When I read Need, I couldn’t get over the sneaking suspicion that many of today’s teens would probably be all too tempted to complete random tasks to win prizes without considering the implications of their actions. The fact that the tasks were done anonymously seemed like a perfect way to convince people to participate… But, then I read this book. And it made me wonder if the quest for fame might be a better way to snag this generation. With reality TV being as popular as it is, and with many teens already sharing nearly everything they do on various social media platforms, this book struck me as entirely too plausible. My only complaint? I wish I hadn’t started this book when I was so tired. It nearly killed me to put it down and to wait to finish it the next day!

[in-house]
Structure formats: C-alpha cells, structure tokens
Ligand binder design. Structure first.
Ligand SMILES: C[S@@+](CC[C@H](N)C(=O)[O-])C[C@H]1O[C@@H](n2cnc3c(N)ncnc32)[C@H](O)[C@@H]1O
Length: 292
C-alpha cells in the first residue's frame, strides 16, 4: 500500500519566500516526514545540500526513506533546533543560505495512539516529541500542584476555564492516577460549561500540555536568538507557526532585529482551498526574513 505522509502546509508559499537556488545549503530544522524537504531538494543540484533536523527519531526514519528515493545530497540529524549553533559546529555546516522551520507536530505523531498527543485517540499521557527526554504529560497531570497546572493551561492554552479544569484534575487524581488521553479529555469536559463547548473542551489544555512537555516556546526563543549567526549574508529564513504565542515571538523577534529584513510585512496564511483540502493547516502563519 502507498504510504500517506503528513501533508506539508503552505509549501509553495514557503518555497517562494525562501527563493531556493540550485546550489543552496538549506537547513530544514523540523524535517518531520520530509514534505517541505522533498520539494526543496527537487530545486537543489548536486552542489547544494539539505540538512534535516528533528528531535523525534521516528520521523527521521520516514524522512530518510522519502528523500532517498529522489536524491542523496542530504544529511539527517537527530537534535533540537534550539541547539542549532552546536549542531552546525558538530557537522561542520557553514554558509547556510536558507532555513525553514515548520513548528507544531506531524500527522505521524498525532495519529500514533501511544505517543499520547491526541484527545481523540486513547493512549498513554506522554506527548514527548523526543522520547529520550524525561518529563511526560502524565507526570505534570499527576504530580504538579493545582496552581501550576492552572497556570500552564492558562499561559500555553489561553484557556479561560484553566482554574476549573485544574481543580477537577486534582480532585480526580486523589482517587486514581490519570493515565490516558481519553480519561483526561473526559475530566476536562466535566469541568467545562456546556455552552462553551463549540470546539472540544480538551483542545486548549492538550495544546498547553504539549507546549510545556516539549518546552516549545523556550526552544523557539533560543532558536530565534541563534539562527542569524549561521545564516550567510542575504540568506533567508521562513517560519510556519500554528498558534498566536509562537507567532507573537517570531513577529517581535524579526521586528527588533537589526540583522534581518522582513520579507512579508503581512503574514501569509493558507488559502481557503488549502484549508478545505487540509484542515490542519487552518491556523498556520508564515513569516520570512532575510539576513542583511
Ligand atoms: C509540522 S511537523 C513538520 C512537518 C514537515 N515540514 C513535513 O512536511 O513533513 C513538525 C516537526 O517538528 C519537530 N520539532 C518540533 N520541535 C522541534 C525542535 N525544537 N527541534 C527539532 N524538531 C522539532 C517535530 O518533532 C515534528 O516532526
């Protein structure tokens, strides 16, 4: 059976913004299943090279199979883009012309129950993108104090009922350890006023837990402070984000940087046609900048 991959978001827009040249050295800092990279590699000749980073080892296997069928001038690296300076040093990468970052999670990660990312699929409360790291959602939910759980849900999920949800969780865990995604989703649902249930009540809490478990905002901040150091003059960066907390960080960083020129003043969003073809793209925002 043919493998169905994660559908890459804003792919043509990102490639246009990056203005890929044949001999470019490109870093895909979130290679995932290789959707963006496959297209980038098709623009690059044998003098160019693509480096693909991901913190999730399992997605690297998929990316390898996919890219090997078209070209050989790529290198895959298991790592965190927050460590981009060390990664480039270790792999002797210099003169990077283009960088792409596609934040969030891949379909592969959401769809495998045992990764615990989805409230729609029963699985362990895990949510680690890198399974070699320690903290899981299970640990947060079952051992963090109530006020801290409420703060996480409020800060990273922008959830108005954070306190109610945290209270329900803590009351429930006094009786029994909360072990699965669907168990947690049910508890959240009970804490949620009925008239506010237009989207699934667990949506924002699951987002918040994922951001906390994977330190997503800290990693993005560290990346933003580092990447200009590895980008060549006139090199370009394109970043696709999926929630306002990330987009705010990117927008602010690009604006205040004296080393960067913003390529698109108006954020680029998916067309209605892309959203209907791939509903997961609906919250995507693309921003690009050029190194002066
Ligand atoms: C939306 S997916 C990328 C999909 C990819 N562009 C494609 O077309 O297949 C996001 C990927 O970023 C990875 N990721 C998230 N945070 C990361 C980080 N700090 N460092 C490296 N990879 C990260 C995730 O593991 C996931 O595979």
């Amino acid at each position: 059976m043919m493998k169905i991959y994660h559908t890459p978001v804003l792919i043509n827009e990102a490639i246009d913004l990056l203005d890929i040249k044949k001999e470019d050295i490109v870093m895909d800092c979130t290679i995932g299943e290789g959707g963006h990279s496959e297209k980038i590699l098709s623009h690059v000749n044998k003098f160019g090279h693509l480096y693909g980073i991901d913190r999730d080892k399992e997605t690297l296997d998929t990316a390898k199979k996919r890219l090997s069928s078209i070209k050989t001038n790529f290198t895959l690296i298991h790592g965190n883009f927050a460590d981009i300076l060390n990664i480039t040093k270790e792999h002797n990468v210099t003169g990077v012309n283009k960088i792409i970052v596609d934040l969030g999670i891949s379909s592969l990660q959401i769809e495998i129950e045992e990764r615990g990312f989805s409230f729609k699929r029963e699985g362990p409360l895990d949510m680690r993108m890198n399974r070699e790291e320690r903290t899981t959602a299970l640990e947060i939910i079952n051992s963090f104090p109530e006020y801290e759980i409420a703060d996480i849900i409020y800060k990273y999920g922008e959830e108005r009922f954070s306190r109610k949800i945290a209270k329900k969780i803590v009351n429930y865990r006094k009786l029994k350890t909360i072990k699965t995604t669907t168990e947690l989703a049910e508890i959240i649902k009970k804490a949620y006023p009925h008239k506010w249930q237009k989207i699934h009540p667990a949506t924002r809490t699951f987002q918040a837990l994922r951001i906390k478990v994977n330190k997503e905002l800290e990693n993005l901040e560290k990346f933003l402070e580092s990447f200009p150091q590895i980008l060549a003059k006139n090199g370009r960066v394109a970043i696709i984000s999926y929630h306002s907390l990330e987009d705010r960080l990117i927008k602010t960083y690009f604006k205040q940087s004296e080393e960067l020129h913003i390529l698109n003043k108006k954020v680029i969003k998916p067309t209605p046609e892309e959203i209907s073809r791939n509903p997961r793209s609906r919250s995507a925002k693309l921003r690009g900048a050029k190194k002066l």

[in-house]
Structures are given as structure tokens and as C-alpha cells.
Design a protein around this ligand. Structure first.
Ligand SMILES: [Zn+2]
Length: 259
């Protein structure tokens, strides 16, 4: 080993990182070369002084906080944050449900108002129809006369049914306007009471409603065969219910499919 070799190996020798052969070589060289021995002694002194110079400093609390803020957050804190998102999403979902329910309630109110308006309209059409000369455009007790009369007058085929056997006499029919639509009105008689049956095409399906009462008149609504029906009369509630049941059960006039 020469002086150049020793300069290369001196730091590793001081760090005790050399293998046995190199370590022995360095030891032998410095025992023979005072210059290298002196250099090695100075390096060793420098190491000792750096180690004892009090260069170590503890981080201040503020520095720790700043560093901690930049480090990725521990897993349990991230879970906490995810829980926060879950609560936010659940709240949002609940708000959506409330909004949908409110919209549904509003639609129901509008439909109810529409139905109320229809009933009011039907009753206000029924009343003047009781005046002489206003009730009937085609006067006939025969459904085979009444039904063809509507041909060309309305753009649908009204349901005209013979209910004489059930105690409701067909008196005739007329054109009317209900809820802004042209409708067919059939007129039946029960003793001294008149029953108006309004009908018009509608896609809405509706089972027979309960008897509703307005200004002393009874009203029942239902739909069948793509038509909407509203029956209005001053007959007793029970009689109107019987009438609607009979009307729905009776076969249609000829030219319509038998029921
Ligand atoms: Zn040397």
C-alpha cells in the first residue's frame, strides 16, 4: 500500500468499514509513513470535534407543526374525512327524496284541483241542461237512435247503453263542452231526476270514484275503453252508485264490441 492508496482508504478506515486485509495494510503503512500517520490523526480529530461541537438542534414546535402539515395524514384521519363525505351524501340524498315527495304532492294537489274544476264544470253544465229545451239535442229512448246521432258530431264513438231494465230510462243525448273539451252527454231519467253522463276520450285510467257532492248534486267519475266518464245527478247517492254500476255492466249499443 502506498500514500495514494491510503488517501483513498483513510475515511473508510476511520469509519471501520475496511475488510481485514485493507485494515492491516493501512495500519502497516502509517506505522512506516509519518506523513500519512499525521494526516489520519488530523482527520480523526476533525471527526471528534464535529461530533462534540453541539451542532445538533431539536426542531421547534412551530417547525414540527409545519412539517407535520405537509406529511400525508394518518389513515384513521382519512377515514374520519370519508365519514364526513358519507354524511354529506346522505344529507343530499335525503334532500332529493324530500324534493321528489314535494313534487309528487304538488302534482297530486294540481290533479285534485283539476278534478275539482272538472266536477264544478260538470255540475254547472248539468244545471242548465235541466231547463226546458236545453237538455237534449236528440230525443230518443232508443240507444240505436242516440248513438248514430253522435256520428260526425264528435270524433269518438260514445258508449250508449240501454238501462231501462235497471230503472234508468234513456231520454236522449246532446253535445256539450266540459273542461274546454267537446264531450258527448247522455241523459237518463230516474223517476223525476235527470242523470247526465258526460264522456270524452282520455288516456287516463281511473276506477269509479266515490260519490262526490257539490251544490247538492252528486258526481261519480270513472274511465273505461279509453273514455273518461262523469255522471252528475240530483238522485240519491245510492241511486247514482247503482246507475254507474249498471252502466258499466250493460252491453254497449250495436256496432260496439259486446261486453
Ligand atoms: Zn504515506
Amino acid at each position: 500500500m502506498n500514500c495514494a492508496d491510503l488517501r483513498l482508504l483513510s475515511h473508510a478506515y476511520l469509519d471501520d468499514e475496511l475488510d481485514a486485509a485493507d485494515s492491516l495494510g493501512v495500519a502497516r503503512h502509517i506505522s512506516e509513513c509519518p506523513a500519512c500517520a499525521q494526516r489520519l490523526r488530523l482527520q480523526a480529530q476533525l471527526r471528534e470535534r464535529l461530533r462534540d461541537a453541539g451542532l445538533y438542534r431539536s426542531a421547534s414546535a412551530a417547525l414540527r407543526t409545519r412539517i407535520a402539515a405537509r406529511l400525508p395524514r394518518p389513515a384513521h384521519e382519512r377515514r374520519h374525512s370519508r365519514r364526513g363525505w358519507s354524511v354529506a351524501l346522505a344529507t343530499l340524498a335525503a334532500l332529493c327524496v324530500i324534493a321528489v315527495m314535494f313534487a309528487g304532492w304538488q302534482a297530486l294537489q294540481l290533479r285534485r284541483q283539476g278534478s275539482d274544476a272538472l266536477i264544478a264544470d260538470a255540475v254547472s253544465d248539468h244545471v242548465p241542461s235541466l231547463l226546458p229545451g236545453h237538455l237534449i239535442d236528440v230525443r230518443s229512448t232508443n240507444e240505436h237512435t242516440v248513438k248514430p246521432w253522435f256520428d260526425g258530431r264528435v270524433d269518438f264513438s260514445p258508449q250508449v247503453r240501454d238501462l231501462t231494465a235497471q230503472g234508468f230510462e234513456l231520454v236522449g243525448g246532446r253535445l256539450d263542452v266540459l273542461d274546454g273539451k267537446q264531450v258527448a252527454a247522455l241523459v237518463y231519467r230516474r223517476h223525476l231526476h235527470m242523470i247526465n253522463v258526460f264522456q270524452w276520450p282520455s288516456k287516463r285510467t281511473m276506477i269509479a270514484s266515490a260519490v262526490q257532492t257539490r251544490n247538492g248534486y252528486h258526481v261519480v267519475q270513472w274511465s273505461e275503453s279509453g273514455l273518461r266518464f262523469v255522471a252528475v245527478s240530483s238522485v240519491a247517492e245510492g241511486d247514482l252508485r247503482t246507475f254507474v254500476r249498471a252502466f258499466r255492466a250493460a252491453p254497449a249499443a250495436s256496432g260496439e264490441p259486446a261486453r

Just imagine a majorly popular reality TV show that accepts “audition” videos from anyone who wants to seek both fame and fortune for completing dares of increasing difficulty. Viewers all assume that the show is being televised, so things must be on the up-and-up. I mean, they couldn’t possibly get away with running a reality TV show that really puts people in harms way… Could they? Vee sends in her audition on a whim, basically to prove to herself that she can. And, when her audition garners enough attention that she is offered a space in the competition, she decides to try it out. She figures she will just compete for a little while and get some cool prizes before quitting. But, then she gets swept up in the momentum of the competition. Before she knows it, she is in over her head and she isn’t sure whether there even IS a way to get out while she’s ahead.